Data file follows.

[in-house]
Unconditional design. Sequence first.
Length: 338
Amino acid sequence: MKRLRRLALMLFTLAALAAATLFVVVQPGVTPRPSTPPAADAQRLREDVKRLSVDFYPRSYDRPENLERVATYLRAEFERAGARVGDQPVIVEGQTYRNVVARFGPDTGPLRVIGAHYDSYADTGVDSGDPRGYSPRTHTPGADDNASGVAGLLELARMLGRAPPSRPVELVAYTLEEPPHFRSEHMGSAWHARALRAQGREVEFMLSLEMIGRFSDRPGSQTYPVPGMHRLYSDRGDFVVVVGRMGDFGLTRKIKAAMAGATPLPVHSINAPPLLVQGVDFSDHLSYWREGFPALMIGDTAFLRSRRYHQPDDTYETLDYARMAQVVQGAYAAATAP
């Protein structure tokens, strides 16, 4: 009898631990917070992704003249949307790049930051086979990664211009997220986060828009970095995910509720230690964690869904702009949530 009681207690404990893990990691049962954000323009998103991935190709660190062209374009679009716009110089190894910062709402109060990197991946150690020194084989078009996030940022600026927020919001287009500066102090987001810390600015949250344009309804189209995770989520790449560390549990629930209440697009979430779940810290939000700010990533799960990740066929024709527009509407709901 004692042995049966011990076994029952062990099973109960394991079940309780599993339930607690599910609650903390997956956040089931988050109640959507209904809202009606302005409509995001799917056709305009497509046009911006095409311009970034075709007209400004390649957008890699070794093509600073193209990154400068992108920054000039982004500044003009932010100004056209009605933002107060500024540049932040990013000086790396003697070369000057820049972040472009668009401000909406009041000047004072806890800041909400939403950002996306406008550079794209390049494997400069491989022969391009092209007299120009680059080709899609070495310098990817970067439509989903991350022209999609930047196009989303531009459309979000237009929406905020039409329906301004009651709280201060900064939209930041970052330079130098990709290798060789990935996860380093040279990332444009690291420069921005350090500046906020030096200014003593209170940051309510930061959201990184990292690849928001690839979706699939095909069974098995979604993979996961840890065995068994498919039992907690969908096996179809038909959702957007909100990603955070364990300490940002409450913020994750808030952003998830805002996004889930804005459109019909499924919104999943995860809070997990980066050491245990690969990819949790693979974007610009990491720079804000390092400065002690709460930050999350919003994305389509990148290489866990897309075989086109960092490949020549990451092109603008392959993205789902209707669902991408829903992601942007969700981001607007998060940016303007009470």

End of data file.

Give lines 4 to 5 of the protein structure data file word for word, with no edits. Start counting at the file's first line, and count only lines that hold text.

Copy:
Amino acid sequence: MKRLRRLALMLFTLAALAAATLFVVVQPGVTPRPSTPPAADAQRLREDVKRLSVDFYPRSYDRPENLERVATYLRAEFERAGARVGDQPVIVEGQTYRNVVARFGPDTGPLRVIGAHYDSYADTGVDSGDPRGYSPRTHTPGADDNASGVAGLLELARMLGRAPPSRPVELVAYTLEEPPHFRSEHMGSAWHARALRAQGREVEFMLSLEMIGRFSDRPGSQTYPVPGMHRLYSDRGDFVVVVGRMGDFGLTRKIKAAMAGATPLPVHSINAPPLLVQGVDFSDHLSYWREGFPALMIGDTAFLRSRRYHQPDDTYETLDYARMAQVVQGAYAAATAP
């Protein structure tokens, strides 16, 4: 009898631990917070992704003249949307790049930051086979990664211009997220986060828009970095995910509720230690964690869904702009949530 009681207690404990893990990691049962954000323009998103991935190709660190062209374009679009716009110089190894910062709402109060990197991946150690020194084989078009996030940022600026927020919001287009500066102090987001810390600015949250344009309804189209995770989520790449560390549990629930209440697009979430779940810290939000700010990533799960990740066929024709527009509407709901 004692042995049966011990076994029952062990099973109960394991079940309780599993339930607690599910609650903390997956956040089931988050109640959507209904809202009606302005409509995001799917056709305009497509046009911006095409311009970034075709007209400004390649957008890699070794093509600073193209990154400068992108920054000039982004500044003009932010100004056209009605933002107060500024540049932040990013000086790396003697070369000057820049972040472009668009401000909406009041000047004072806890800041909400939403950002996306406008550079794209390049494997400069491989022969391009092209007299120009680059080709899609070495310098990817970067439509989903991350022209999609930047196009989303531009459309979000237009929406905020039409329906301004009651709280201060900064939209930041970052330079130098990709290798060789990935996860380093040279990332444009690291420069921005350090500046906020030096200014003593209170940051309510930061959201990184990292690849928001690839979706699939095909069974098995979604993979996961840890065995068994498919039992907690969908096996179809038909959702957007909100990603955070364990300490940002409450913020994750808030952003998830805002996004889930804005459109019909499924919104999943995860809070997990980066050491245990690969990819949790693979974007610009990491720079804000390092400065002690709460930050999350919003994305389509990148290489866990897309075989086109960092490949020549990451092109603008392959993205789902209707669902991408829903992601942007969700981001607007998060940016303007009470």